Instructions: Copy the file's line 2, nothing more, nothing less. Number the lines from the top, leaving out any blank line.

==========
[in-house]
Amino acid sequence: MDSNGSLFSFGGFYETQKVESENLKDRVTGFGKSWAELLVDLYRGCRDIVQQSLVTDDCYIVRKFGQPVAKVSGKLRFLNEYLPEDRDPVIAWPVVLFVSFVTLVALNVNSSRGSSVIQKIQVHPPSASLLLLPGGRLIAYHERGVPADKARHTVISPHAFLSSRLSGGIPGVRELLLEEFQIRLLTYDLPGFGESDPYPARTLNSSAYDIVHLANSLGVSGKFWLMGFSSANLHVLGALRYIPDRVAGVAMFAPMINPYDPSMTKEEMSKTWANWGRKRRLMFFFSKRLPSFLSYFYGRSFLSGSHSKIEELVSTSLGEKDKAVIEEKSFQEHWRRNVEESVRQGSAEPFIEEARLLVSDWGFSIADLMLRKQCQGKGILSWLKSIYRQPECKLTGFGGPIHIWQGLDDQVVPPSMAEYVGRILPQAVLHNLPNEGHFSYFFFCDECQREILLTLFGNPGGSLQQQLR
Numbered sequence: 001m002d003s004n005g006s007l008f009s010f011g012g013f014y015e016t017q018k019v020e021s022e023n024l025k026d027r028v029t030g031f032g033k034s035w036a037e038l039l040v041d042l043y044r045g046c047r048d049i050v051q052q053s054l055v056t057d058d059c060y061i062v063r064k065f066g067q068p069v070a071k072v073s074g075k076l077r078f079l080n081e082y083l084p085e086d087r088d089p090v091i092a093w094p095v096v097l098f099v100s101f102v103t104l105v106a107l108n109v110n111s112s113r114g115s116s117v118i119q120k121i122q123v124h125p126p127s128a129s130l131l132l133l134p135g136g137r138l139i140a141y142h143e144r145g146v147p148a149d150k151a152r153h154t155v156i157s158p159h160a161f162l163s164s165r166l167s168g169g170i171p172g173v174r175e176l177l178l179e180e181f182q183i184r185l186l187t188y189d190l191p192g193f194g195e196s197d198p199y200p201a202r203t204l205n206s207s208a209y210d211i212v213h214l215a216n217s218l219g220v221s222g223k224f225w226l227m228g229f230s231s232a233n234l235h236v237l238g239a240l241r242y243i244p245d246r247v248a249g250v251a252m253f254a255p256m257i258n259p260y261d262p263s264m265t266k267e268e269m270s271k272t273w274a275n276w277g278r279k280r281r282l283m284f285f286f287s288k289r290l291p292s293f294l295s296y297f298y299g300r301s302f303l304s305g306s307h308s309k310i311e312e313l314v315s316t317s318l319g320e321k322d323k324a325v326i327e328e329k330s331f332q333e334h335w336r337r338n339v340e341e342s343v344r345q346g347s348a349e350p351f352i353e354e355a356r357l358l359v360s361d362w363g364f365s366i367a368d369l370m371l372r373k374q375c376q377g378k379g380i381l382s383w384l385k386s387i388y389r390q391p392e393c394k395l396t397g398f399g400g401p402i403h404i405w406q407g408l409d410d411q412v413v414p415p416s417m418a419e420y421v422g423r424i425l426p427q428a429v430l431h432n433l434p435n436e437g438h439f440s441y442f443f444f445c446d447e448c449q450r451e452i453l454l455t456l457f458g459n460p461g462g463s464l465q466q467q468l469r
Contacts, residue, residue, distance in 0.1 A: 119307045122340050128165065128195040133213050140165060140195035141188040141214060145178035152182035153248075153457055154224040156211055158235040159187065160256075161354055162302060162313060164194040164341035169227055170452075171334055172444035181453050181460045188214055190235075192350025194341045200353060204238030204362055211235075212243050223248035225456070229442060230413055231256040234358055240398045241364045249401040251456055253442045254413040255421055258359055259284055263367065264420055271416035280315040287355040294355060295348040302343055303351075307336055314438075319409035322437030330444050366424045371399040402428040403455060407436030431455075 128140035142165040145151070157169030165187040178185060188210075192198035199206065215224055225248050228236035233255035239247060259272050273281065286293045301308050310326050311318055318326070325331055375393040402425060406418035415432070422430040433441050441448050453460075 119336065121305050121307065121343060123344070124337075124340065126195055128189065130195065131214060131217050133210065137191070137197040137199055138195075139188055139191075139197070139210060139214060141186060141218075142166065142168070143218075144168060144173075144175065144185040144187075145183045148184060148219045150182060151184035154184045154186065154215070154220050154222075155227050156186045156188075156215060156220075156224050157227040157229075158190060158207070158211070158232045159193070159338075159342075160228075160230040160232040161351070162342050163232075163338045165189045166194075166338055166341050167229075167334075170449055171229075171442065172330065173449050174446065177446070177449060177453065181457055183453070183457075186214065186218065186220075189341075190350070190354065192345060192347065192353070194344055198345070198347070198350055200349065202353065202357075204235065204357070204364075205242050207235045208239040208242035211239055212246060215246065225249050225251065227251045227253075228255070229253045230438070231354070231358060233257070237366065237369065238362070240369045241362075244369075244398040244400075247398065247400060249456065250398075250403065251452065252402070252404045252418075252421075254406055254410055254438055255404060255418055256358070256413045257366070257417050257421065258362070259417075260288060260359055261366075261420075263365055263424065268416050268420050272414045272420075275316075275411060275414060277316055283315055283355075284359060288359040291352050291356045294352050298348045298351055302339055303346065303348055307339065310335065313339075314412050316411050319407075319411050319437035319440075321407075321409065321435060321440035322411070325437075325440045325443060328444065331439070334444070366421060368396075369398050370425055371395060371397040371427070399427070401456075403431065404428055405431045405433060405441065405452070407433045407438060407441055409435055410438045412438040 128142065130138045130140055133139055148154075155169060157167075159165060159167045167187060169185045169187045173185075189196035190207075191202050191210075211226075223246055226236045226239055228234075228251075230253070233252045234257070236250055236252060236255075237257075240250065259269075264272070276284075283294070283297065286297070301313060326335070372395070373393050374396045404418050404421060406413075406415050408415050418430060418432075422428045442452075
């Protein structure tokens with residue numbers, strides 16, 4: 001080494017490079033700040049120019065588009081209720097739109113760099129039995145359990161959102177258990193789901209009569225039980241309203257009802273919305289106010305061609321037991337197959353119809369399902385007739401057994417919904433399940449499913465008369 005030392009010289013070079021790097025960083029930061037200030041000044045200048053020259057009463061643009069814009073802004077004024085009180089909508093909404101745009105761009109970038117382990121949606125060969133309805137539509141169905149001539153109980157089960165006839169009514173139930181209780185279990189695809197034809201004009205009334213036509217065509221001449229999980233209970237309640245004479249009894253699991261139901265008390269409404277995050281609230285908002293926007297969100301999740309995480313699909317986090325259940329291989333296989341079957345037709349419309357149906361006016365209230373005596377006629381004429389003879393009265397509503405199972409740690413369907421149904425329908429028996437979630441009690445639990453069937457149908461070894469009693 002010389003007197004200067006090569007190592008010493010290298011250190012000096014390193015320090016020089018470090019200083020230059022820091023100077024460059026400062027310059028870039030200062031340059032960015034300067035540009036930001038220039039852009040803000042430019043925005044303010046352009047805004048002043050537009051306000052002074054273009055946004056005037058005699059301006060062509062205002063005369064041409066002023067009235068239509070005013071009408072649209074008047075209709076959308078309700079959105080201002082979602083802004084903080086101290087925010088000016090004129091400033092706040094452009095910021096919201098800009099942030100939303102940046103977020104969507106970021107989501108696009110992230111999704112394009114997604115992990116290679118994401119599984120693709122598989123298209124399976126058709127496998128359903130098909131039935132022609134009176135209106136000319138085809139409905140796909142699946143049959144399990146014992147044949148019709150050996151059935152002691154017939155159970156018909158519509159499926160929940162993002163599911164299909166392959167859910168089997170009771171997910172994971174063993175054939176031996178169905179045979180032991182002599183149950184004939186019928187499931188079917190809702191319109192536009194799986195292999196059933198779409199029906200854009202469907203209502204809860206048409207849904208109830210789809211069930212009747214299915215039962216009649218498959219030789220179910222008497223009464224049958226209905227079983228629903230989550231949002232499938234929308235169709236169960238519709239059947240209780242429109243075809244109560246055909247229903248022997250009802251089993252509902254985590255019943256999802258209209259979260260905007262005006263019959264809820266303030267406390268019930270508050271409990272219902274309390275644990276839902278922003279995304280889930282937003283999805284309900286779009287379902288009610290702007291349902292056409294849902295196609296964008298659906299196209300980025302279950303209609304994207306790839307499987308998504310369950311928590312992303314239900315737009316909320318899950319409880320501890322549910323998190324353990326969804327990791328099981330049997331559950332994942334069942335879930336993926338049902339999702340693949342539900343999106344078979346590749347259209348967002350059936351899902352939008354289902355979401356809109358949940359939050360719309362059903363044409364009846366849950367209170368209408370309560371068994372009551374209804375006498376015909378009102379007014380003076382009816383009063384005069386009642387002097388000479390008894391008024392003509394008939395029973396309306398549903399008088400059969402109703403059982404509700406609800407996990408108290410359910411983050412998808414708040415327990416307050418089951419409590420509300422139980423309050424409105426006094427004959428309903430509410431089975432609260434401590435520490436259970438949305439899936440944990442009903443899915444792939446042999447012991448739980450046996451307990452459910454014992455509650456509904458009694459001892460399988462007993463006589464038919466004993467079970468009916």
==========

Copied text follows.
Amino acid sequence: MDSNGSLFSFGGFYETQKVESENLKDRVTGFGKSWAELLVDLYRGCRDIVQQSLVTDDCYIVRKFGQPVAKVSGKLRFLNEYLPEDRDPVIAWPVVLFVSFVTLVALNVNSSRGSSVIQKIQVHPPSASLLLLPGGRLIAYHERGVPADKARHTVISPHAFLSSRLSGGIPGVRELLLEEFQIRLLTYDLPGFGESDPYPARTLNSSAYDIVHLANSLGVSGKFWLMGFSSANLHVLGALRYIPDRVAGVAMFAPMINPYDPSMTKEEMSKTWANWGRKRRLMFFFSKRLPSFLSYFYGRSFLSGSHSKIEELVSTSLGEKDKAVIEEKSFQEHWRRNVEESVRQGSAEPFIEEARLLVSDWGFSIADLMLRKQCQGKGILSWLKSIYRQPECKLTGFGGPIHIWQGLDDQVVPPSMAEYVGRILPQAVLHNLPNEGHFSYFFFCDECQREILLTLFGNPGGSLQQQLR